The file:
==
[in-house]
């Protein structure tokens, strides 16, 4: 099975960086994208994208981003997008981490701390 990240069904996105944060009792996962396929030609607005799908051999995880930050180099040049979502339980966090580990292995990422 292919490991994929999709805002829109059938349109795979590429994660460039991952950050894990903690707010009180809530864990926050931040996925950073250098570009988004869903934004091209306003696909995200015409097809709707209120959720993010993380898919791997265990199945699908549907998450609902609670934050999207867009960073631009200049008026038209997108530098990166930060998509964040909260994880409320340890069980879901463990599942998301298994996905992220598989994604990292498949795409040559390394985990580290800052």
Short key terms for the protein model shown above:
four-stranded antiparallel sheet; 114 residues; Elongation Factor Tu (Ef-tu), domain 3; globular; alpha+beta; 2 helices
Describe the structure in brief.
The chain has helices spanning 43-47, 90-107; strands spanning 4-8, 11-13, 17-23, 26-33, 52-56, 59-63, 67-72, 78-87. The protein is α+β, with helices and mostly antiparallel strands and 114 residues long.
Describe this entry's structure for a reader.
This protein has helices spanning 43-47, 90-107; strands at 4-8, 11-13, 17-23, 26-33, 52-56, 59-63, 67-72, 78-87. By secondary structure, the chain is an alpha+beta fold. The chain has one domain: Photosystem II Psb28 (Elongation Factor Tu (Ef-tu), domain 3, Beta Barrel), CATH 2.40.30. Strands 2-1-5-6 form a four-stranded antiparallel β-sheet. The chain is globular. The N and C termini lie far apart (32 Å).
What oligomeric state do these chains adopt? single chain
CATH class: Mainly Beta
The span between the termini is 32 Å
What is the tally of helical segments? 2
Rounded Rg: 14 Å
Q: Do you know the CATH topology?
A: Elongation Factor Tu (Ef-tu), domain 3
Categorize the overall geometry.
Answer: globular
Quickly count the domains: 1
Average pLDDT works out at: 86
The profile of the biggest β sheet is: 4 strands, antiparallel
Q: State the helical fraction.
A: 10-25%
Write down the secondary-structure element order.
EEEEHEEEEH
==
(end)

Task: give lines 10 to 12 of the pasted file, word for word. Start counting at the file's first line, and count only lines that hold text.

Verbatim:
CATH class: Mainly Beta
The span between the termini is 32 Å
What is the tally of helical segments? 2